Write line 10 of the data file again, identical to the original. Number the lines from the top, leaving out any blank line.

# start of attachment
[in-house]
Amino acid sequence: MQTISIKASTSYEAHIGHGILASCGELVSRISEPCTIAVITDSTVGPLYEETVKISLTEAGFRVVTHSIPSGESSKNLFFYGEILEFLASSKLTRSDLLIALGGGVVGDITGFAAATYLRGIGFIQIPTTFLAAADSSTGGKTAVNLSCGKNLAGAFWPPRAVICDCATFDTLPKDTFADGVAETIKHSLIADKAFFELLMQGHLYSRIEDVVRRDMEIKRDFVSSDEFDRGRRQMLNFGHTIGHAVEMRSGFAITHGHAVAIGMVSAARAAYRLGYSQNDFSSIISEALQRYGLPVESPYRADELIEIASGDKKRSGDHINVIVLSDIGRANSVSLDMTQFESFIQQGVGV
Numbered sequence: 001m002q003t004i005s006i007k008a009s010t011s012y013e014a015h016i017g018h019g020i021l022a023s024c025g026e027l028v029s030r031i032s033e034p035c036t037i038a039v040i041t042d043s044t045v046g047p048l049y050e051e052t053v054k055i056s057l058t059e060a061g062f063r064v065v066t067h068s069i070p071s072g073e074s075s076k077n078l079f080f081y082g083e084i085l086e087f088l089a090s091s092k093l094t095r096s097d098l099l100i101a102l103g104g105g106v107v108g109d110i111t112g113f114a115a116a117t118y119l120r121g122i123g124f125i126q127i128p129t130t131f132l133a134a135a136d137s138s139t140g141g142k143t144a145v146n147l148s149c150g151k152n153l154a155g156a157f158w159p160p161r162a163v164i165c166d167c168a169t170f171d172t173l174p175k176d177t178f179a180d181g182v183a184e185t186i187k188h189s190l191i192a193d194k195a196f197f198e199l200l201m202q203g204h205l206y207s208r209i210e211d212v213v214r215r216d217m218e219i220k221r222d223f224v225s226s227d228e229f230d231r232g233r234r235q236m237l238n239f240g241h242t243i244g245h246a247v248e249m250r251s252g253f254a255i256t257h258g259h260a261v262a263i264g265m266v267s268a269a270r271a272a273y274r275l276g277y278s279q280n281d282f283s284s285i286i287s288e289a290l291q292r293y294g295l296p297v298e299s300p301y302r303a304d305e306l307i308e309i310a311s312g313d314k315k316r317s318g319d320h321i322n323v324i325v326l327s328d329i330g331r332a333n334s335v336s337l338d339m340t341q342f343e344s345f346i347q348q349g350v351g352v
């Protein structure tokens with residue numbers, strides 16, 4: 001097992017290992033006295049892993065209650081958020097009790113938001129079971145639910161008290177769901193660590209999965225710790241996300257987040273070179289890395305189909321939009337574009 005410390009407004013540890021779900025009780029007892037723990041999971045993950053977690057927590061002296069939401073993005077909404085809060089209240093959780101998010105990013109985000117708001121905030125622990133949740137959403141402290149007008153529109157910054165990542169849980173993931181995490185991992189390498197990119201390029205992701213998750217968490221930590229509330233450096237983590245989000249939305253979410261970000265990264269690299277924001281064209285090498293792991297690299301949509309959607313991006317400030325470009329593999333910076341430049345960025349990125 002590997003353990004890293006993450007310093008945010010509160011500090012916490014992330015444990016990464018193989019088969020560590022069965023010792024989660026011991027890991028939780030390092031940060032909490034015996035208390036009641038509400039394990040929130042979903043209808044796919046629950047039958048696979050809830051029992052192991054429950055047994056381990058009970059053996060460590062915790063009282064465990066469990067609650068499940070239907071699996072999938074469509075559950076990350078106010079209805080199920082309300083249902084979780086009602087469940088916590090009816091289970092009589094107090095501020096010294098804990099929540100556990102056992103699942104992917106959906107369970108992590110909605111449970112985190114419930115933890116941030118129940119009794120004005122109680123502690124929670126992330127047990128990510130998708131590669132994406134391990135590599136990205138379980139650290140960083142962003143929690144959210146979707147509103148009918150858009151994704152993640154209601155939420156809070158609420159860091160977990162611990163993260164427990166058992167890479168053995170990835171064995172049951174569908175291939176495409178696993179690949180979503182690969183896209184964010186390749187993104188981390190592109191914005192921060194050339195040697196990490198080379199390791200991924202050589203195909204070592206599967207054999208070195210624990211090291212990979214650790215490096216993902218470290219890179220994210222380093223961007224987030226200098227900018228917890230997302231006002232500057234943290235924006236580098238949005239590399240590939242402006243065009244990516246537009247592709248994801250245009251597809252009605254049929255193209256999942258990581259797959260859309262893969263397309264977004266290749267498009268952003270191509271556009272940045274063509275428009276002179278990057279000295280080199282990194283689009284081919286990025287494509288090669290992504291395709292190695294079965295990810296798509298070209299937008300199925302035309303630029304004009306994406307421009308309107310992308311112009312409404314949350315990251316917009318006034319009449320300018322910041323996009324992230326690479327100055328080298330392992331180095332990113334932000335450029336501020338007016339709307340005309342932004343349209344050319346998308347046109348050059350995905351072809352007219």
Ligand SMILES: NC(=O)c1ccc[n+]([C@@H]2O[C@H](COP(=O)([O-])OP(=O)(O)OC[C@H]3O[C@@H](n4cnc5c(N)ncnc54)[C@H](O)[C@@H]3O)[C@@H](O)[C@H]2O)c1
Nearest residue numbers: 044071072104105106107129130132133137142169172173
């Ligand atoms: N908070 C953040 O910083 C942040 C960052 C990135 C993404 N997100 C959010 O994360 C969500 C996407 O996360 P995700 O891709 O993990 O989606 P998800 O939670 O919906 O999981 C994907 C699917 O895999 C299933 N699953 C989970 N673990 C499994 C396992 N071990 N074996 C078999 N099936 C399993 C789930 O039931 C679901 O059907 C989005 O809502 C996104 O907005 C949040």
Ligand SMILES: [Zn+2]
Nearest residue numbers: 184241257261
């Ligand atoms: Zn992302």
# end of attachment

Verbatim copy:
């Ligand atoms: Zn992302």